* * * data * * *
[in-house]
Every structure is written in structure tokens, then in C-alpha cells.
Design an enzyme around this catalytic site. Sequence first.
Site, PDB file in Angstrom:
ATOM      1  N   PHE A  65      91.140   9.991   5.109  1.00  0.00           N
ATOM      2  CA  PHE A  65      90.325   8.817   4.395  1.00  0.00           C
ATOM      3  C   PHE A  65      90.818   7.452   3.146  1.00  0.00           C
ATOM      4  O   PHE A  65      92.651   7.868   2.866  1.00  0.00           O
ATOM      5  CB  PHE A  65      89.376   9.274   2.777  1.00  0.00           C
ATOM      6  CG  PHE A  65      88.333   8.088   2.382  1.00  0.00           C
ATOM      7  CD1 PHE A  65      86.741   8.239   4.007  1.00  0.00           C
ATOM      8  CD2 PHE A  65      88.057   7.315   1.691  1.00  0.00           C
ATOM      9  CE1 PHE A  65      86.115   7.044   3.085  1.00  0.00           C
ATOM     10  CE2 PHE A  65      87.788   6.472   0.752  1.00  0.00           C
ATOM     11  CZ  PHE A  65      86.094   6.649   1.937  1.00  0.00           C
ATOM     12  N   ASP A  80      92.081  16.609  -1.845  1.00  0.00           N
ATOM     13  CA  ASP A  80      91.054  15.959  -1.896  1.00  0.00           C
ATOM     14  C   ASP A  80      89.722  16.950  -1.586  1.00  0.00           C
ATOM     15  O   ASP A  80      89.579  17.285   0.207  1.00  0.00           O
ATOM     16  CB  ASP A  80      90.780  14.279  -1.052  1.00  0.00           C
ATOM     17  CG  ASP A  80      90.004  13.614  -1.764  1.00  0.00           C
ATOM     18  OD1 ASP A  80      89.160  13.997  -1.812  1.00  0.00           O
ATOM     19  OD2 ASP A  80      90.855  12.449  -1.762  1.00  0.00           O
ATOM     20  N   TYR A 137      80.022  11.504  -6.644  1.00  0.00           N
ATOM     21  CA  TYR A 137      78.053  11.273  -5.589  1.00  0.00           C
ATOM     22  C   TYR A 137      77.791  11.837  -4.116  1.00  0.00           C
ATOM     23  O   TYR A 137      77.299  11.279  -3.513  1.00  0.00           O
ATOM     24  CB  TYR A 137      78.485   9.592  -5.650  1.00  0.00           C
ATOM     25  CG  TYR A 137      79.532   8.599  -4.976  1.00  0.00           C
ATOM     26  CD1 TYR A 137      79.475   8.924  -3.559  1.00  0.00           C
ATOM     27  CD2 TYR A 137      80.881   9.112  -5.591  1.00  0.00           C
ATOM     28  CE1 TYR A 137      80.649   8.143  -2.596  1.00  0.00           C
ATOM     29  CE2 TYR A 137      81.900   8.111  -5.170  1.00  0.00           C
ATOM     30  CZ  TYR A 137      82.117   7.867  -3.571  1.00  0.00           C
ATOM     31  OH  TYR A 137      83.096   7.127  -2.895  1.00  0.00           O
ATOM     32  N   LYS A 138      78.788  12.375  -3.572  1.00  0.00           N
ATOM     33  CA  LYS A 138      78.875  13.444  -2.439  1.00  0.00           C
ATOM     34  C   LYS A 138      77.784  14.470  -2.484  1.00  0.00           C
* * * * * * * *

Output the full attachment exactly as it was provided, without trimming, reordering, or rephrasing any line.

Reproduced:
[in-house]
Every structure is written in structure tokens, then in C-alpha cells.
Design an enzyme around this catalytic site. Sequence first.
Site, PDB file in Angstrom:
ATOM      1  N   PHE A  65      91.140   9.991   5.109  1.00  0.00           N
ATOM      2  CA  PHE A  65      90.325   8.817   4.395  1.00  0.00           C
ATOM      3  C   PHE A  65      90.818   7.452   3.146  1.00  0.00           C
ATOM      4  O   PHE A  65      92.651   7.868   2.866  1.00  0.00           O
ATOM      5  CB  PHE A  65      89.376   9.274   2.777  1.00  0.00           C
ATOM      6  CG  PHE A  65      88.333   8.088   2.382  1.00  0.00           C
ATOM      7  CD1 PHE A  65      86.741   8.239   4.007  1.00  0.00           C
ATOM      8  CD2 PHE A  65      88.057   7.315   1.691  1.00  0.00           C
ATOM      9  CE1 PHE A  65      86.115   7.044   3.085  1.00  0.00           C
ATOM     10  CE2 PHE A  65      87.788   6.472   0.752  1.00  0.00           C
ATOM     11  CZ  PHE A  65      86.094   6.649   1.937  1.00  0.00           C
ATOM     12  N   ASP A  80      92.081  16.609  -1.845  1.00  0.00           N
ATOM     13  CA  ASP A  80      91.054  15.959  -1.896  1.00  0.00           C
ATOM     14  C   ASP A  80      89.722  16.950  -1.586  1.00  0.00           C
ATOM     15  O   ASP A  80      89.579  17.285   0.207  1.00  0.00           O
ATOM     16  CB  ASP A  80      90.780  14.279  -1.052  1.00  0.00           C
ATOM     17  CG  ASP A  80      90.004  13.614  -1.764  1.00  0.00           C
ATOM     18  OD1 ASP A  80      89.160  13.997  -1.812  1.00  0.00           O
ATOM     19  OD2 ASP A  80      90.855  12.449  -1.762  1.00  0.00           O
ATOM     20  N   TYR A 137      80.022  11.504  -6.644  1.00  0.00           N
ATOM     21  CA  TYR A 137      78.053  11.273  -5.589  1.00  0.00           C
ATOM     22  C   TYR A 137      77.791  11.837  -4.116  1.00  0.00           C
ATOM     23  O   TYR A 137      77.299  11.279  -3.513  1.00  0.00           O
ATOM     24  CB  TYR A 137      78.485   9.592  -5.650  1.00  0.00           C
ATOM     25  CG  TYR A 137      79.532   8.599  -4.976  1.00  0.00           C
ATOM     26  CD1 TYR A 137      79.475   8.924  -3.559  1.00  0.00           C
ATOM     27  CD2 TYR A 137      80.881   9.112  -5.591  1.00  0.00           C
ATOM     28  CE1 TYR A 137      80.649   8.143  -2.596  1.00  0.00           C
ATOM     29  CE2 TYR A 137      81.900   8.111  -5.170  1.00  0.00           C
ATOM     30  CZ  TYR A 137      82.117   7.867  -3.571  1.00  0.00           C
ATOM     31  OH  TYR A 137      83.096   7.127  -2.895  1.00  0.00           O
ATOM     32  N   LYS A 138      78.788  12.375  -3.572  1.00  0.00           N
ATOM     33  CA  LYS A 138      78.875  13.444  -2.439  1.00  0.00           C
ATOM     34  C   LYS A 138      77.784  14.470  -2.484  1.00  0.00           C